Elijah Mukhala

The Food and Agriculture Organization (FAO) of the United Nations was founded in 1945 with a mandate to raise levels of nutrition and standards of living, to improve agricultural productivity, and to improve the condition of rural populations in the world. Today, FAO is the largest specialized agency in the United Nations system and is the lead agency for agriculture and rural development. FAO is composed of eight departments: Agriculture, Economic and Social, Fisheries, Forestry, Sustainable Development, Technical Cooperation, General Affairs, and Information and Administration and Finance. As an intergovernmental organization, FAO has 183 member countries plus one member organization, the European Union.

Since its inception, FAO has worked to alleviate poverty and hunger by promoting agricultural development, improved nutrition, and the pursuit of food security—defined as the access of all people at all times to the food they need for an active and healthy life. Food production in the world has increased at an unprecedented rate since FAO was founded, outpacing the doubling of the world's population over the same period. Since the early 1960s, the proportion of hungry people in the developing world has been reduced from more than 50% to less than 20%. Despite these progressive developments, more than 790 million people in the developing world— more than the total population of North America and Western Europe combined—still go hungry (FAO, 2004).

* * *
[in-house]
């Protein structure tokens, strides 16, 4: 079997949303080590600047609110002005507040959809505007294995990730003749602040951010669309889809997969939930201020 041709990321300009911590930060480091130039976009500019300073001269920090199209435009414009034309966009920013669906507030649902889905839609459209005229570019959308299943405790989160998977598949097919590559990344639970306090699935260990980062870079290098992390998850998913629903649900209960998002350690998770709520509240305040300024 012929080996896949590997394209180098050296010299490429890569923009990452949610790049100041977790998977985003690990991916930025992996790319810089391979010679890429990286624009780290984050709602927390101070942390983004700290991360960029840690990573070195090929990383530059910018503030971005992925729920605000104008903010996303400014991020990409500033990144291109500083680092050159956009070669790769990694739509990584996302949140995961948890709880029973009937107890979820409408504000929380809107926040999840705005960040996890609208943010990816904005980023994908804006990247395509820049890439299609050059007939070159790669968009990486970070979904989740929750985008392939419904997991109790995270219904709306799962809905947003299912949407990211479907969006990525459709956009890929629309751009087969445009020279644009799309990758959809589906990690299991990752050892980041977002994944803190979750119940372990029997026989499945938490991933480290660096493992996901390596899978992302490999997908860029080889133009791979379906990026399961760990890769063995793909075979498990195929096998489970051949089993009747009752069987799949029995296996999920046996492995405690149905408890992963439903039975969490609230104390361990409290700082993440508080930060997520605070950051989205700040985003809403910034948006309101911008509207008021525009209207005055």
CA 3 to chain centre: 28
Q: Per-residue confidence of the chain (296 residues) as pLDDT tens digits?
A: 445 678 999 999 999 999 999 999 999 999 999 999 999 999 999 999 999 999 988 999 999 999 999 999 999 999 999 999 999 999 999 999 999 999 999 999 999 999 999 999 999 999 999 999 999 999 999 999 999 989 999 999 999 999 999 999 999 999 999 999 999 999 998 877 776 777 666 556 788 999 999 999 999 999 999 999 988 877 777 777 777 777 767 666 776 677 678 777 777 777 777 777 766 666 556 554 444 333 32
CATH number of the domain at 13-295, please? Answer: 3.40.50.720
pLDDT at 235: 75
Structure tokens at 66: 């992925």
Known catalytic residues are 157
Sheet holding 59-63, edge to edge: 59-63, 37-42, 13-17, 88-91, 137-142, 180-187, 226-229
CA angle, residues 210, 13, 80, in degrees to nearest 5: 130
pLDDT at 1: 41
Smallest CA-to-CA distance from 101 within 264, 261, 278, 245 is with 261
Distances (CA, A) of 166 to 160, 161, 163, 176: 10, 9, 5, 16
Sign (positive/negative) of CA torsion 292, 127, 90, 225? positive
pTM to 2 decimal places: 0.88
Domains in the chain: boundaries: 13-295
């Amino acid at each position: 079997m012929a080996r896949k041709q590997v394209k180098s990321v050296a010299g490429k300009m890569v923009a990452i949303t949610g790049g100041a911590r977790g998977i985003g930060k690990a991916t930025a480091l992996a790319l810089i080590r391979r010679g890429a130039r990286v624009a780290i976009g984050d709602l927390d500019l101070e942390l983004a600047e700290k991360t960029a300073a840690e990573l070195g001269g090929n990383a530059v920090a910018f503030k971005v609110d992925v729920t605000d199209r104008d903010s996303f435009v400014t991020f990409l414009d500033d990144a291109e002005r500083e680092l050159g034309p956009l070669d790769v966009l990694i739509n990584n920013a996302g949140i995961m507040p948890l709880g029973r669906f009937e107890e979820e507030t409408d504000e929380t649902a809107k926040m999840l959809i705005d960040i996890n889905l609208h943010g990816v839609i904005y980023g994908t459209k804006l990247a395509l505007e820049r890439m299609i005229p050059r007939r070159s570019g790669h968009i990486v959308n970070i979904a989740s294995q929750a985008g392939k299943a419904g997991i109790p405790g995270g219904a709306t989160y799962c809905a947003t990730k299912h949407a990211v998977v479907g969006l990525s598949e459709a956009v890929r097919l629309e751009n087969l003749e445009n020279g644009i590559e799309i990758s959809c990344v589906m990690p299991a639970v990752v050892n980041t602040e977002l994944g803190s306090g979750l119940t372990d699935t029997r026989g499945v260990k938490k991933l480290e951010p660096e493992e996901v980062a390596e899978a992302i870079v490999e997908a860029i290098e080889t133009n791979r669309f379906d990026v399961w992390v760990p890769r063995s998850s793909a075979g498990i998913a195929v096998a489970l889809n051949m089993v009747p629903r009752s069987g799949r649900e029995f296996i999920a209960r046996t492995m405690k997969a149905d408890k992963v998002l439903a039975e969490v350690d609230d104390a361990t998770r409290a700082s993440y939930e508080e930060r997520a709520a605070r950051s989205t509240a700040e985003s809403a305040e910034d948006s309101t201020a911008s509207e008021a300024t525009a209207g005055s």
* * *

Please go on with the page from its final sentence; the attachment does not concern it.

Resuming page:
FAO strives to reduce food insecurity in the world, especially in developing countries. In 1996, the World Food Summit convened by FAO in Rome adopted a plan of action aimed to reduce the number of the world's hungry people in half by 2015. While the proper foundation of this goal lies, among others, in the increase of food production and ensuring access to food, there is also a need to monitor the current food supply and demand situation, so that timely interventions can be planned whenever the possibility of drought, famine, starvation, or malnutrition exists. With an imminent food crisis, actions need to be taken as early as possible because it takes time to mobilize resources, and logistic operations are often hampered by adverse natural or societal conditions, including war and civil strife. The availability of objective and timely information is therefore crucial. Over the years, FAO has successfully carried out timely interventions in cooperation with other United Nations agencies, especially the World Food Programme (WFP).

Several disasters affect agricultural production in many parts of the world. Agricultural drought, defined and discussed in detail in chapter 1, is one of the most devastating in bringing about hunger and food insecurity. Because agricultural droughts recur in many parts of the world, FAO has been involved in agricultural drought monitoring and mitigation for many years, as described in the remainder of this chapter.

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